On Sunday Feb. 12, both Chris Brown and Rihanna took the stage (separately) to perform at the Grammy Awards Ceremony. Brown even accepted the award for Best R&B Album. Much the same thing was set to happen three years ago, when Brown, then Rihanna’s boyfriend, beat her so violently that she had to go to the hospital before reporting the assault to the Los Angeles Police Department.
Despite pictures of Rihanna’s bruised face leaked by TMZ.com, her contemporaries hardly had anything at all to say. “I don’t think anybody actually knows what happened,” was Carrie Underwood’s comment and others were remarkably similar. It took Jay-Z to point out that perhaps “we,” the public, “should all support her.” That it even needed to be pointed out that a victim of assault should be supported as if she were our “sister or mom” is horrifying enough as is.
After Usher commented on a picture of Brown riding a jet ski during the same month as the assault, telling him to “have a bit of remorse,” the response was so negative that Usher was forced to apologize for demanding that an assault victim deserved, at the very least, remorse from her attacker.
In December 2009, hardly two years ago, Brown was convicted of felony assault and sentenced to five years probation and 180 hours of community service. In the time since, he’s become even more successful than before. His fourth album, released last March, debuted at No. 1 on the Billboard charts and three hit singles were spun off it. He performed two of these hits at the Grammys this year.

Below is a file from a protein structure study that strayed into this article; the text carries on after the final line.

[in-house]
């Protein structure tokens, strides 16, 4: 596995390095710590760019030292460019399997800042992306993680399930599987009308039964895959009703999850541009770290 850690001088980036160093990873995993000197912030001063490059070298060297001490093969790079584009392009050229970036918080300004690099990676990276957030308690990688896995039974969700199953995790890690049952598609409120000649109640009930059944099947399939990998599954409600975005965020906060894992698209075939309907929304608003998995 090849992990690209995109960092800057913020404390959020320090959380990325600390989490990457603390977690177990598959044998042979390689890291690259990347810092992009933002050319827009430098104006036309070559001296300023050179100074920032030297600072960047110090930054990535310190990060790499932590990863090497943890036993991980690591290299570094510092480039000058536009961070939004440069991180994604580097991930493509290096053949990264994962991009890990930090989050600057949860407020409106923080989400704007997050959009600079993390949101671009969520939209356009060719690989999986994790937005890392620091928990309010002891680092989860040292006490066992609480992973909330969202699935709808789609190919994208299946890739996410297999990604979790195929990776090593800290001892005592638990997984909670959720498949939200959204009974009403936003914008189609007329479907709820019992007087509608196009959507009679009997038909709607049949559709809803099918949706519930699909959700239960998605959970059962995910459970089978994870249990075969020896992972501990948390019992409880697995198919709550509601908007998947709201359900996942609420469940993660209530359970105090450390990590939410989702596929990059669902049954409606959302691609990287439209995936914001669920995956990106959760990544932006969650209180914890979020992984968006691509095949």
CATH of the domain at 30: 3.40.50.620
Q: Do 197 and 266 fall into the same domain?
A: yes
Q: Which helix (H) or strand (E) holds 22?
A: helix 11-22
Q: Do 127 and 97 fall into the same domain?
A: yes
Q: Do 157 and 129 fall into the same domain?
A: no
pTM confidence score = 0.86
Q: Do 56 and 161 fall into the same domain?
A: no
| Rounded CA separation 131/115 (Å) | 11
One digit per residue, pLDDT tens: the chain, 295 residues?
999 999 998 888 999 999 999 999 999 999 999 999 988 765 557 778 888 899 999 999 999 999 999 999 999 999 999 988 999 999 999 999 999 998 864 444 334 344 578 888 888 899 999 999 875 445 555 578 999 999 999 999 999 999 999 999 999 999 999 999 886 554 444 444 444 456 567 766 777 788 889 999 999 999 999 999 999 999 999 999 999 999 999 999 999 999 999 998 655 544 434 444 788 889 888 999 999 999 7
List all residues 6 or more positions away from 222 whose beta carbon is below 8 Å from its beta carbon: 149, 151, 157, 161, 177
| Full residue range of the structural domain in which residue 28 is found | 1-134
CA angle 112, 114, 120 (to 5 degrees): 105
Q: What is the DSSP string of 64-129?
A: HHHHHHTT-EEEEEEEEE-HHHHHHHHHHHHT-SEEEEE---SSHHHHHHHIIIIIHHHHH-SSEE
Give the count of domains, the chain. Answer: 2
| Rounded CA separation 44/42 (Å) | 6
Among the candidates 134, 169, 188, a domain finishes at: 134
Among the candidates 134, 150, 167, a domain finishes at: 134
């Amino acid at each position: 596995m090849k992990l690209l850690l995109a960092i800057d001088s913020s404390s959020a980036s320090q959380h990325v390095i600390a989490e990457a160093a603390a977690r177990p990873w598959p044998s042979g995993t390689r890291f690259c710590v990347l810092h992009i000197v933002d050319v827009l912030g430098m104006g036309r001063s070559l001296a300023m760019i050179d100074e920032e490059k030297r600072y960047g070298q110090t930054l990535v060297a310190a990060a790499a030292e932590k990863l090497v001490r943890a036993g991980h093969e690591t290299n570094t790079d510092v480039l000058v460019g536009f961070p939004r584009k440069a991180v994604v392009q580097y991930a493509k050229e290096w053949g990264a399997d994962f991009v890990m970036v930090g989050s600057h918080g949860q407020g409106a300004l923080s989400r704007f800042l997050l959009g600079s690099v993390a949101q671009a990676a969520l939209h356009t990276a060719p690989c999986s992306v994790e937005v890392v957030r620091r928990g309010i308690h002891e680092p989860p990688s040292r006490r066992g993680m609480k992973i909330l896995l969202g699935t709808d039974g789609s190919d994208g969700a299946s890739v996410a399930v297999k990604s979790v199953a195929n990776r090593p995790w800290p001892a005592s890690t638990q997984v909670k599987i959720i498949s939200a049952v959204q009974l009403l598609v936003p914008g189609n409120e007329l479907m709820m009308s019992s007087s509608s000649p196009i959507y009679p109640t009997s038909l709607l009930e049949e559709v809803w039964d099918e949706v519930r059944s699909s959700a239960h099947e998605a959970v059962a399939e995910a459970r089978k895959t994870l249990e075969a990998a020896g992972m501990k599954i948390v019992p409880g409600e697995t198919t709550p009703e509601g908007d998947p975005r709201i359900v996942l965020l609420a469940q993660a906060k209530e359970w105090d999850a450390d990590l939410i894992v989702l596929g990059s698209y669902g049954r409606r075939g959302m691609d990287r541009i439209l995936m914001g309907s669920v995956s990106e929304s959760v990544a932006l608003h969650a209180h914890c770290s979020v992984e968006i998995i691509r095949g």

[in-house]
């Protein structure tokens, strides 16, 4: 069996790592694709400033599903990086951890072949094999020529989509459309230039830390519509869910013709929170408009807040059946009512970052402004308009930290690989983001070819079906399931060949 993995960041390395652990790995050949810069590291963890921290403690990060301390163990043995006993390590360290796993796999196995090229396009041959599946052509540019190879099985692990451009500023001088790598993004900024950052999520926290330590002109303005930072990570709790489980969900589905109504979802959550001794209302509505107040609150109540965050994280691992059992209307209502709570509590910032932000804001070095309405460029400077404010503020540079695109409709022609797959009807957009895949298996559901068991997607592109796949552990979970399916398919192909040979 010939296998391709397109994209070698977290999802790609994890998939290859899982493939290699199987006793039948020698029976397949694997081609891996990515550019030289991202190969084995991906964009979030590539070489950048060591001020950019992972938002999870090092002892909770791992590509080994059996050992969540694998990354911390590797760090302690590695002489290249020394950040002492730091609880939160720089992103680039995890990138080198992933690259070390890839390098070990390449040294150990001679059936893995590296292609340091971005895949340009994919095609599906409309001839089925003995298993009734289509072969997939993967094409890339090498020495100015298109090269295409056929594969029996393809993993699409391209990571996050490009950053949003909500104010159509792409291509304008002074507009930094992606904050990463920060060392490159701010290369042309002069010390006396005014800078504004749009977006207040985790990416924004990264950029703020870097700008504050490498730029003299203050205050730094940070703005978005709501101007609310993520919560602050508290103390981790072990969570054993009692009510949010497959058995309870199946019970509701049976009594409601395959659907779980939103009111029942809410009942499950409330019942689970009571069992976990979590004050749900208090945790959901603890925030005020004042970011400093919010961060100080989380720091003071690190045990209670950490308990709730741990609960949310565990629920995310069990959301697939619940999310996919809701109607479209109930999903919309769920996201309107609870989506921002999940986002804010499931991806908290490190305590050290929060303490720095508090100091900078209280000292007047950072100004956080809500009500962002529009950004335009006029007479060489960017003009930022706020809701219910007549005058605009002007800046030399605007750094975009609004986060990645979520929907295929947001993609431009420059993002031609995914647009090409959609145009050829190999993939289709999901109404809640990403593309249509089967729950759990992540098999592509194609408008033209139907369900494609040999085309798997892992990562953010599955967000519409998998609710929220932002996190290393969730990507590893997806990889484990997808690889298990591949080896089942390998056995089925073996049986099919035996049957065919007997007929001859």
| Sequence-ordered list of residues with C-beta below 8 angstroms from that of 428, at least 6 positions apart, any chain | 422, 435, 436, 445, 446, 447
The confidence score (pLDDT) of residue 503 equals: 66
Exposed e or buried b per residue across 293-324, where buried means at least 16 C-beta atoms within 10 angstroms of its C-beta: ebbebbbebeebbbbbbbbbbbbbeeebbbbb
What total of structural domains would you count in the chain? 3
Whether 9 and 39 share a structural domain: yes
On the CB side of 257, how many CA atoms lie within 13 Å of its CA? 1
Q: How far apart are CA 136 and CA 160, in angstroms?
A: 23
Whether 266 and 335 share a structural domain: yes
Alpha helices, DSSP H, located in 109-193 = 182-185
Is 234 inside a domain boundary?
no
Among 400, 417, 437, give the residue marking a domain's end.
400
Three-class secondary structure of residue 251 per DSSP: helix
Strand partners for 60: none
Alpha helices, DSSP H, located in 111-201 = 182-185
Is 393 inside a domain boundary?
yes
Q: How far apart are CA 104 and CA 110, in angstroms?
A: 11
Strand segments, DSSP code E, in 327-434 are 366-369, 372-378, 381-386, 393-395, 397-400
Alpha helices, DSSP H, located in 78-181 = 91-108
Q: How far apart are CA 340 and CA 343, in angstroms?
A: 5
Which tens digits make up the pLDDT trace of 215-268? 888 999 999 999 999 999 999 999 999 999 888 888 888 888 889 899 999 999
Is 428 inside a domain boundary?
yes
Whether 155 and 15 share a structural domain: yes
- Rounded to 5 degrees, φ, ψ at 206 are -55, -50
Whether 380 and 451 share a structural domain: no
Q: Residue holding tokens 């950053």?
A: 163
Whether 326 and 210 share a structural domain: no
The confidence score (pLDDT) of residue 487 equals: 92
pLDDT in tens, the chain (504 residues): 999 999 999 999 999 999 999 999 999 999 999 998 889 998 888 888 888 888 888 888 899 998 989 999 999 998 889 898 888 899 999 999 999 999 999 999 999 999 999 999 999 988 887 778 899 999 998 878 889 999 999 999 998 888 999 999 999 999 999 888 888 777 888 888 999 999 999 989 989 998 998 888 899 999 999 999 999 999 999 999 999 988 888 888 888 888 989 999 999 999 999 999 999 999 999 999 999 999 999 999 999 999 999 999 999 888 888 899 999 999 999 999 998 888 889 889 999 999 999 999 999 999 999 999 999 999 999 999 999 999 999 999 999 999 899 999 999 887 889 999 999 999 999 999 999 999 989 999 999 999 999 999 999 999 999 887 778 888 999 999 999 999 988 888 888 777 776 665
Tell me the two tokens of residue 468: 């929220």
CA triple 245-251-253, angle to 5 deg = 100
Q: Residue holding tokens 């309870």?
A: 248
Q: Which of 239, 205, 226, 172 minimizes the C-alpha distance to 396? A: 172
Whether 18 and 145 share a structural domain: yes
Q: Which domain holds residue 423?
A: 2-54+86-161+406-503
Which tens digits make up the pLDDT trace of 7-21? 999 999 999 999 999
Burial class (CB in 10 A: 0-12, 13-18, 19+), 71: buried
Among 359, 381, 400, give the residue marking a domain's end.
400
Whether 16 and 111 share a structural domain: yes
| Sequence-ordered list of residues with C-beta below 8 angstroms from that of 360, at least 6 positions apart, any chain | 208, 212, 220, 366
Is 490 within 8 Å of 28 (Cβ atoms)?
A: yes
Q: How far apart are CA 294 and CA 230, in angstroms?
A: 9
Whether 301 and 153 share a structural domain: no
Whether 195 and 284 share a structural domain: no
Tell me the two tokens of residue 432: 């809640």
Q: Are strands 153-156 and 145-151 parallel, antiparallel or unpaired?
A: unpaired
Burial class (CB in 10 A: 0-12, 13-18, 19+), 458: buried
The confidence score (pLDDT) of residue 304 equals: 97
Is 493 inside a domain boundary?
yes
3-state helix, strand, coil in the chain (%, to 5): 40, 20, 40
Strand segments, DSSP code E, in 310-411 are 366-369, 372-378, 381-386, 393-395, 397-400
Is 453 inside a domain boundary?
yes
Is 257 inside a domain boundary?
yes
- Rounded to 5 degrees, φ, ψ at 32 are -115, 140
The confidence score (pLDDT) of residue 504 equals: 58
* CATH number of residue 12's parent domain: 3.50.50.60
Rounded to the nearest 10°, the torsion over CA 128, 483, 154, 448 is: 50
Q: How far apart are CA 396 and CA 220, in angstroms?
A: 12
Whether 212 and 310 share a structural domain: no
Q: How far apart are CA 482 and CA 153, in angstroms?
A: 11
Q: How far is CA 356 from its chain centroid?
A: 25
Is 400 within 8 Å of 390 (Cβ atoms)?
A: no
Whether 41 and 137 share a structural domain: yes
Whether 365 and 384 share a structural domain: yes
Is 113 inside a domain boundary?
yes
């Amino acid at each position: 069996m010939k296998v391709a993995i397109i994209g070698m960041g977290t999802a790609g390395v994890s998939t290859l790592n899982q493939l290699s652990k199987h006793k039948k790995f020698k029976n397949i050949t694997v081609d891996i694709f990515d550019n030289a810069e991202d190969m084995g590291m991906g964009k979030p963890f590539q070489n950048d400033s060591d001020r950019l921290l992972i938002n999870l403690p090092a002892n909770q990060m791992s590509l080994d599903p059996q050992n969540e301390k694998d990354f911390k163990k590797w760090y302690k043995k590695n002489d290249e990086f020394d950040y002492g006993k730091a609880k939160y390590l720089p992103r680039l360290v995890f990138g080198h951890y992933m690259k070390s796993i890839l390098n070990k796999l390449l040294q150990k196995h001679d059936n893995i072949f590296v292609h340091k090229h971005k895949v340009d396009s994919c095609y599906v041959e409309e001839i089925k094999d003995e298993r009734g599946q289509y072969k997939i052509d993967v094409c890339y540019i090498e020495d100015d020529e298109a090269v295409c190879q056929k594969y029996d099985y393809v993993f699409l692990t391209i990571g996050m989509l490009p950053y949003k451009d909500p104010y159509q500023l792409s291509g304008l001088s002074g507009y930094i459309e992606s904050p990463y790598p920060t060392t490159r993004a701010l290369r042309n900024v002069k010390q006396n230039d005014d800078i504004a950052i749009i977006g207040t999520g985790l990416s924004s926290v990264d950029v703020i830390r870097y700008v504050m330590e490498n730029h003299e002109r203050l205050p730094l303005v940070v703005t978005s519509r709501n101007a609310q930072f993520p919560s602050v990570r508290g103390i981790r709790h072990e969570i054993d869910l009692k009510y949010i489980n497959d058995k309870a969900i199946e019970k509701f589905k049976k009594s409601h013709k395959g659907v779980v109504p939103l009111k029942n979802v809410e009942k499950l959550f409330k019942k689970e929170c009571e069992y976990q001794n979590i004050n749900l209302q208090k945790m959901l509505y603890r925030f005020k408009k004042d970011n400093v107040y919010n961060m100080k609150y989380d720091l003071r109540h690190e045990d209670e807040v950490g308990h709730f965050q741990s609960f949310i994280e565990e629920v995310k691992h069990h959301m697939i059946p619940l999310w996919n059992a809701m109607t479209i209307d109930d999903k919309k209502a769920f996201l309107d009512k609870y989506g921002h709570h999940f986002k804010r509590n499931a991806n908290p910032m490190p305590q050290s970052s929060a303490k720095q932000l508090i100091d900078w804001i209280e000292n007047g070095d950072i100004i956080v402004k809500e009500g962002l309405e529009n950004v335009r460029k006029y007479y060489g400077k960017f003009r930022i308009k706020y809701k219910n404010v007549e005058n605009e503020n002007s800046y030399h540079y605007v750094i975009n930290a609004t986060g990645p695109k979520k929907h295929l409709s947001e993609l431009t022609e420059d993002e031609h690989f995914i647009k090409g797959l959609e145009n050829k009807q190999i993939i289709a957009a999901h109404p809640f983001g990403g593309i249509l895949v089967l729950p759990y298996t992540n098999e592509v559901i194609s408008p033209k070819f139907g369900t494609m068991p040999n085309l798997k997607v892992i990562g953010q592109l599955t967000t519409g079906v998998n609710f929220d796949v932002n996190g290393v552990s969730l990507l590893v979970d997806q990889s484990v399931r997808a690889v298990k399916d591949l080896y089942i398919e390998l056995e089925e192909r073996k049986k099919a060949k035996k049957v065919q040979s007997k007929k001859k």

One could make the argument that Brown should not be unfairly judged by his past. After all, he pleaded guilty and even turned himself into the police the same night as the assault. In the time since conviction he has apologized publicly. But he is not remorseful. After the show, Reuters reports that he tweeted, “HATE ALL U WANT BECUZ I GOT A GRAMMY Now! That’s the ultimate FUCK OFF,” which was taken down shortly thereafter. Does that sound like someone who is sorry? It sounds to me like someone who believes his fame (and the validation of an out-of-touch organization) somehow nullifies the horrible things for which he was convicted.
While this is plenty revealing of Brown, it shows plenty more about the beliefs of said out-of-touch organization. Executive producer Ken Ehrlich said the week before the show that, “It may have taken us a while to kind of get over the fact that we were the victims of what happened.”
Something to consider before interpreting that quote: This man is part of an organization that is relentlessly image-centric. Nothing gets out without being considered by mountains of publicists. And even then they have the gall to say that they, not Rihanna, were the “victims” of her assault? Why? Because both of the performers chose not to perform the night that one was arrested and the other was in the hospital? In addition, Glen Campbell, a country singer with a history of abuse allegations, performed at the 2012 Grammys.
Now, no one would argue that the Grammys are exactly a relevant institution, but that does not make their decision to forgive Chris Brown, barely two years into his probation, any less offensive. This sends a clear message: If you’re famous or powerful enough, any violence you commit, no matter how disgusting, will be forgiven. Hell, it might even be acceptable. And that is unacceptable.